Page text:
2012 AILA National Landscape Architecture Award: Design

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Clifton Hill Railway Project Landscape by Jeavons Landscape Architects.

Clifton Hill Railway Project Landscape by Jeavons Landscape Architects. Image: Andrew Lloyd

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View of south bank from High Street Bridge. New Merri Creek Trail and ramp access addressing the grades of the site.

View of south bank from High Street Bridge. New Merri Creek Trail and ramp access addressing the grades of the site. Image: Andrew Lloyd

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Skaters at Bridge Park - Undulating pavement & low walls create unusual street skating spaces. Disabled and maintenance access carefully designed into the sculpted pavement between the piers.

Skaters at Bridge Park - Undulating pavement & low walls create unusual street skating spaces. Disabled and maintenance access carefully designed into the sculpted pavement between the piers. Image: Andrew Lloyd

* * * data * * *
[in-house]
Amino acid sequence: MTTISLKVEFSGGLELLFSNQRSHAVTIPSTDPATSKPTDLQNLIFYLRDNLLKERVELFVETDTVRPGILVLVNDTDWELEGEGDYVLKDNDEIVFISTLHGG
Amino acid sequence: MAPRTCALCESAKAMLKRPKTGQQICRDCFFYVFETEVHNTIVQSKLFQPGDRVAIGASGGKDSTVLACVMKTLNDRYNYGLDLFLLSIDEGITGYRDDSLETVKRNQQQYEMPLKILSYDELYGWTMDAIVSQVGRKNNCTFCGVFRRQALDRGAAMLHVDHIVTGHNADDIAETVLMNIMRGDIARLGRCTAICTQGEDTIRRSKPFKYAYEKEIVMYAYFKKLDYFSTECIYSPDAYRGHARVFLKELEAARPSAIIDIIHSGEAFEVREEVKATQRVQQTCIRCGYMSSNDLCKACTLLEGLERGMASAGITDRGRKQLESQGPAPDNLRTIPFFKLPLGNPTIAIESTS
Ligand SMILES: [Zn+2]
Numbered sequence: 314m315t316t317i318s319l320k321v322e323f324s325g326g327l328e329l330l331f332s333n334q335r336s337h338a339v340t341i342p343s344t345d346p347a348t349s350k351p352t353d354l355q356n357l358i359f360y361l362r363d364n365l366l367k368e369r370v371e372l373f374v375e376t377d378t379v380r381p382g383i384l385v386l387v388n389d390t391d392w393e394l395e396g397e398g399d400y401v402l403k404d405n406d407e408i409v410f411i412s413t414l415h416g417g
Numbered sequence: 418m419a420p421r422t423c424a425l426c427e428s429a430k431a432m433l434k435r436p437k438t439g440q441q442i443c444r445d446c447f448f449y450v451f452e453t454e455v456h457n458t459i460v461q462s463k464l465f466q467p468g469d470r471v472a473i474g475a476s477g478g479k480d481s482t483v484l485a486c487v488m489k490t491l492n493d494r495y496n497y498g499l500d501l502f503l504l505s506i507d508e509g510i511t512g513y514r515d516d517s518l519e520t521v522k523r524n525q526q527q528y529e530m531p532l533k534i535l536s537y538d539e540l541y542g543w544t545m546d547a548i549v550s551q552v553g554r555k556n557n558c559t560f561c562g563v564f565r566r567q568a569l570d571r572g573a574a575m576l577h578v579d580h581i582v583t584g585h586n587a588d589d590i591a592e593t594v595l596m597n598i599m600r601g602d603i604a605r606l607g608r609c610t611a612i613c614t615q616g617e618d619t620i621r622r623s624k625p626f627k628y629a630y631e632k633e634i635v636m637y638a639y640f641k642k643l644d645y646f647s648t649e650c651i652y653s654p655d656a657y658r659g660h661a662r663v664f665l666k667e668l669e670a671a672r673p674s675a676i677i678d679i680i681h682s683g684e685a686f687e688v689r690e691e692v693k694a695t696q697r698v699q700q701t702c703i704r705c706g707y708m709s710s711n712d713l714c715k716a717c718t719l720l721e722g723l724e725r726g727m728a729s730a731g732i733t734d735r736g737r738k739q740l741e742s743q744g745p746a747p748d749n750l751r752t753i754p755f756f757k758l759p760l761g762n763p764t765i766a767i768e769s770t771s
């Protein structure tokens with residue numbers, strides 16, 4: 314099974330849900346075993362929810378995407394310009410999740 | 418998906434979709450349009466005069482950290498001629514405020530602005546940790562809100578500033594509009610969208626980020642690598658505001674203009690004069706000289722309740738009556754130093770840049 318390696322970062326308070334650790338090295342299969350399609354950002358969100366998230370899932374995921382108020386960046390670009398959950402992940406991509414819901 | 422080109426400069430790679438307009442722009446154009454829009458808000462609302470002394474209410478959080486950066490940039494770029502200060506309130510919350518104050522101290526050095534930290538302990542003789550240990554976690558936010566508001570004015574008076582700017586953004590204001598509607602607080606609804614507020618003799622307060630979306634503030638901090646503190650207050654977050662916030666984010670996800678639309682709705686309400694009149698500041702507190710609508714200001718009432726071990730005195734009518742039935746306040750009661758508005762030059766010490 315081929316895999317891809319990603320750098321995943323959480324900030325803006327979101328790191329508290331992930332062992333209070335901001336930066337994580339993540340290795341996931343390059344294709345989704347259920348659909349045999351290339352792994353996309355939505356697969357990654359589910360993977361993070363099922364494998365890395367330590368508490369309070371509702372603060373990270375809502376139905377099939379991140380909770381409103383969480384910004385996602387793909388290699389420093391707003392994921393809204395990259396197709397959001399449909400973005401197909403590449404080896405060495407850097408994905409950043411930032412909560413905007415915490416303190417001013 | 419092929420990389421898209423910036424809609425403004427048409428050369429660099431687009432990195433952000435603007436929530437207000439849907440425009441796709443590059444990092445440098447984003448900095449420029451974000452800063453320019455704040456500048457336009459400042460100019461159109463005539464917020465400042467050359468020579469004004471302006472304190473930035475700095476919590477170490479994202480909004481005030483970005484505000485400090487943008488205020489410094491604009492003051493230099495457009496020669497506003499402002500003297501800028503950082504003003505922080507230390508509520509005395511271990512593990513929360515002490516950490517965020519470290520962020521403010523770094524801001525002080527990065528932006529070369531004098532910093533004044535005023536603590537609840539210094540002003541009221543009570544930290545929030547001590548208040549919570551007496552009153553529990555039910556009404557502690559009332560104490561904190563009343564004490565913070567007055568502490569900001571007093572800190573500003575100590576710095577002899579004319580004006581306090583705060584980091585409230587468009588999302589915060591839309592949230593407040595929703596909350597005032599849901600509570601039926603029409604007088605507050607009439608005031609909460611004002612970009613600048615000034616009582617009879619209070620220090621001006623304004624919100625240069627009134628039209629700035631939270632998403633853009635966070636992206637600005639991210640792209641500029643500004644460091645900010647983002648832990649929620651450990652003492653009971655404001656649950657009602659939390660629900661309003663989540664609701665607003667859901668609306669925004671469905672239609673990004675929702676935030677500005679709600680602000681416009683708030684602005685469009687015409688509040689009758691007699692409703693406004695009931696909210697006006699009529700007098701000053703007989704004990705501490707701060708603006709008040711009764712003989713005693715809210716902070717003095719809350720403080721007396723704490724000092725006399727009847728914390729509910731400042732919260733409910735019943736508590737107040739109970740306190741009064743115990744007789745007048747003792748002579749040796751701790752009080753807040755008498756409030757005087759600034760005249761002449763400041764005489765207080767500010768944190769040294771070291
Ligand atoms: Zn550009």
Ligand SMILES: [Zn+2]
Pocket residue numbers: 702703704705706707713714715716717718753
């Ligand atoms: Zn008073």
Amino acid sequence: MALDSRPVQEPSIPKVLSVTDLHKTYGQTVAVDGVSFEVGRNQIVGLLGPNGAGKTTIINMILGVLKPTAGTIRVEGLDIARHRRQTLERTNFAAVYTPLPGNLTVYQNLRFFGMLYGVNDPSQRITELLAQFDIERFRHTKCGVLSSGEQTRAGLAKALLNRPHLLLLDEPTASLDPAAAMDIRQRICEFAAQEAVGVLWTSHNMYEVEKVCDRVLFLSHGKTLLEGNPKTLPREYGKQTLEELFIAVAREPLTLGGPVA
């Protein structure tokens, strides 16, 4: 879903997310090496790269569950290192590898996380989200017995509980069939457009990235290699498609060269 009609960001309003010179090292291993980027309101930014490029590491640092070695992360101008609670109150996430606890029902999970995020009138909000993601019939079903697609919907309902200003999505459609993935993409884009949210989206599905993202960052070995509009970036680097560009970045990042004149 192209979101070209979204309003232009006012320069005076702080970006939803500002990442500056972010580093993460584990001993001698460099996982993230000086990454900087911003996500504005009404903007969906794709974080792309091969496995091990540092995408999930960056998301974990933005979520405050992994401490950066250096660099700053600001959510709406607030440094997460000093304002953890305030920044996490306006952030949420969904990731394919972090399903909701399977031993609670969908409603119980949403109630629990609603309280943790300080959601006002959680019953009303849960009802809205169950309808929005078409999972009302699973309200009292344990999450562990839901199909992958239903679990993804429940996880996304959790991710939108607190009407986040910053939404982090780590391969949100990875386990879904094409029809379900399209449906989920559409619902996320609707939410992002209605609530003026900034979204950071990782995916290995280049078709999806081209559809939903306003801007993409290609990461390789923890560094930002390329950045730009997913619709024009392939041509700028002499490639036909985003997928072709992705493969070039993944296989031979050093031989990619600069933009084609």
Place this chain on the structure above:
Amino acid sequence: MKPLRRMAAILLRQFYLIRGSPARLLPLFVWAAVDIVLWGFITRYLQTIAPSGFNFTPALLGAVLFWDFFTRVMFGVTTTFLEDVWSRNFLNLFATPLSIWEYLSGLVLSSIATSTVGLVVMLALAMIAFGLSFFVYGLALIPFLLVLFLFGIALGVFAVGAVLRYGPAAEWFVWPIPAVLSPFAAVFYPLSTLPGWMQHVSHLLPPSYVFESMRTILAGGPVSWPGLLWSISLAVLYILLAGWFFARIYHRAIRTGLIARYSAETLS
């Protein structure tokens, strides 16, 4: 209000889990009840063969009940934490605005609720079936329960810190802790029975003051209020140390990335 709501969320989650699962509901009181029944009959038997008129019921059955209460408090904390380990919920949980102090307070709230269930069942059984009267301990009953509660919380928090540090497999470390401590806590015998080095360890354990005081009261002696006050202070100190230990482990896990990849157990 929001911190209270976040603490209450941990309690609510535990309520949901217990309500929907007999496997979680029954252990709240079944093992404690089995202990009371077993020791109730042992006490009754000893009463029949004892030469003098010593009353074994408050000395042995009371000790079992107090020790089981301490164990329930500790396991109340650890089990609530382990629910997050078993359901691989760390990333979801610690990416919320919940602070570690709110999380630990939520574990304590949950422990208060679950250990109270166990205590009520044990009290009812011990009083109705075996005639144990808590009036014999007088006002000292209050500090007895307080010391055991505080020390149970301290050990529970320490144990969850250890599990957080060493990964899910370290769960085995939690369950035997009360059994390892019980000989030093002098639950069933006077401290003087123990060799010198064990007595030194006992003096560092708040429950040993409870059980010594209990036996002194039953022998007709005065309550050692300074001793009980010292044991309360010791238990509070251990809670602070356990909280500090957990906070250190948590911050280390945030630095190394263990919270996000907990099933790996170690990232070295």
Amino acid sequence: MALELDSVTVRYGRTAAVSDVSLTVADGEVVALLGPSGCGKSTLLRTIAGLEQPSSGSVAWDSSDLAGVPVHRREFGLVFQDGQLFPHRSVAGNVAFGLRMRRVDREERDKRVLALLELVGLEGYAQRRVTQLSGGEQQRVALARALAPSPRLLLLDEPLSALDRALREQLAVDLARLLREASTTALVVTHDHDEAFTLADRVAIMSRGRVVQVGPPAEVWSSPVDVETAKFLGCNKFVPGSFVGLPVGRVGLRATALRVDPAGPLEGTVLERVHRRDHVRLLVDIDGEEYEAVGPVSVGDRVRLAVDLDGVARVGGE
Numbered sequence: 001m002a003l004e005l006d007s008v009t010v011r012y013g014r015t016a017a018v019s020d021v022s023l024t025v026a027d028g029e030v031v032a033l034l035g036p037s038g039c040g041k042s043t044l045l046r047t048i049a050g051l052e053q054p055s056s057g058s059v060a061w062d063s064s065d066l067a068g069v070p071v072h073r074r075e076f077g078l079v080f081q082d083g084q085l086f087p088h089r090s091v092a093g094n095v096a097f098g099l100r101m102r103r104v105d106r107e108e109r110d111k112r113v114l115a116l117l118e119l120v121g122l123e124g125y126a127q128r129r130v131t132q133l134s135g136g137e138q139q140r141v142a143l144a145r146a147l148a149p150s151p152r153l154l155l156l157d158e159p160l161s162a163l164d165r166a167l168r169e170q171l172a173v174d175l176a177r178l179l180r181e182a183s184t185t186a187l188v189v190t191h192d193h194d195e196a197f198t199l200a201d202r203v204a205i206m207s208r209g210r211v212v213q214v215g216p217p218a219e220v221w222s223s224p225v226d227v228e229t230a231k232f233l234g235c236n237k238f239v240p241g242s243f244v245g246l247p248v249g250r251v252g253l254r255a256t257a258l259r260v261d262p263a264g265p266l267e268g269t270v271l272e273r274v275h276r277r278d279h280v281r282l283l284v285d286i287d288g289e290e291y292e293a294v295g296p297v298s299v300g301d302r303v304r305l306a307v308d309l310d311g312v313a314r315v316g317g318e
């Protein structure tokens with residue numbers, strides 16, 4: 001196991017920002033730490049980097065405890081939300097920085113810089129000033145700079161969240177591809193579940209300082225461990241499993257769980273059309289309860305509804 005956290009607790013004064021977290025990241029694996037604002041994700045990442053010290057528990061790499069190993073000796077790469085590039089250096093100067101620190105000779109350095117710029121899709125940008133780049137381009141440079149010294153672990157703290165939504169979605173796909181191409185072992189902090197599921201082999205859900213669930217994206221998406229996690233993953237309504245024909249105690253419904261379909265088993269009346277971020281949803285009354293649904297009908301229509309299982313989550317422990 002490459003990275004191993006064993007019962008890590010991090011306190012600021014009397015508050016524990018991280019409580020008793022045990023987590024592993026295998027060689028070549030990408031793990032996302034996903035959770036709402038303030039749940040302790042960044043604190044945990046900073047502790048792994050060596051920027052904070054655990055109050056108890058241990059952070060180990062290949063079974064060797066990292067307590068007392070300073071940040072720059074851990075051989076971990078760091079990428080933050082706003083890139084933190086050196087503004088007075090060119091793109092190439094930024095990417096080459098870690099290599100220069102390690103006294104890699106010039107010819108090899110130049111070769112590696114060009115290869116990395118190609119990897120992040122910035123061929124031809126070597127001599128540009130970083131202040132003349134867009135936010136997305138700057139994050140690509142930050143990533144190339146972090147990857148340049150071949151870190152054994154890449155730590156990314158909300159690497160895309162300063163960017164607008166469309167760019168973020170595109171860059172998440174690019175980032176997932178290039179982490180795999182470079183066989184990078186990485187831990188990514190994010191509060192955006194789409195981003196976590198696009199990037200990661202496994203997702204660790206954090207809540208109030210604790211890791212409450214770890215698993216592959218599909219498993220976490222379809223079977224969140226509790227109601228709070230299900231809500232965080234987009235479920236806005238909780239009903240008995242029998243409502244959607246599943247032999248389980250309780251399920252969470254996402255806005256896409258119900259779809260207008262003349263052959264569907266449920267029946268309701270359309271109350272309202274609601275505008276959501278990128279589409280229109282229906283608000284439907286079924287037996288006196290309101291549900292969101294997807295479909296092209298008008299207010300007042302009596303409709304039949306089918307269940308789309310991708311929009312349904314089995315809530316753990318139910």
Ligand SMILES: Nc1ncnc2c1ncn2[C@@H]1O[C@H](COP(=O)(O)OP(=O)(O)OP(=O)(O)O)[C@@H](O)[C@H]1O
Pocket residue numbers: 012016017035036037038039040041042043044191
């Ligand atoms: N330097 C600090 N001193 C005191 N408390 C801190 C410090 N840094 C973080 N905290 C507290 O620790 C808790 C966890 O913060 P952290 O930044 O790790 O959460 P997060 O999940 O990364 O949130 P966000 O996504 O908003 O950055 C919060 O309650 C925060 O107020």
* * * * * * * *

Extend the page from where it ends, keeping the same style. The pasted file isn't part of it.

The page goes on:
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Clifton Hill Railway Project Landscape by Jeavons Landscape Architects

Client: Department of Transport (Victoria)

Jury comment

Jeavons Landscape Architects has skilfully reclaimed a much loved but badly degraded portion of the public realm along the Merri Creek and given it new life as a sensitive and well considered space much to the delight of users and stakeholders alike.

As a design, the Clifton Hill Railway Project Landscape overcomes the challenges of unifying a long and linear site with multiple level changes to achieve an accessible path through revegetated creekland. Well-researched and ecologically sensitive planting reflects the character of the site and the materials are recycled, salvaged and robust. Travel along the path is punctuated by nodes giving the user a reason to stop and recreate in a previously derelict and abandoned space.

As the principle designer of this project, Jeavons Landscape Architects exhibited the breadth and scope of the landscape architect by having a key role in broad scale planning and visioning as well as addressing multiple functional requirements including design, planning, consultation, conservation and reclamation. 

See our review of this project in Landscape Architecture Australia 134.


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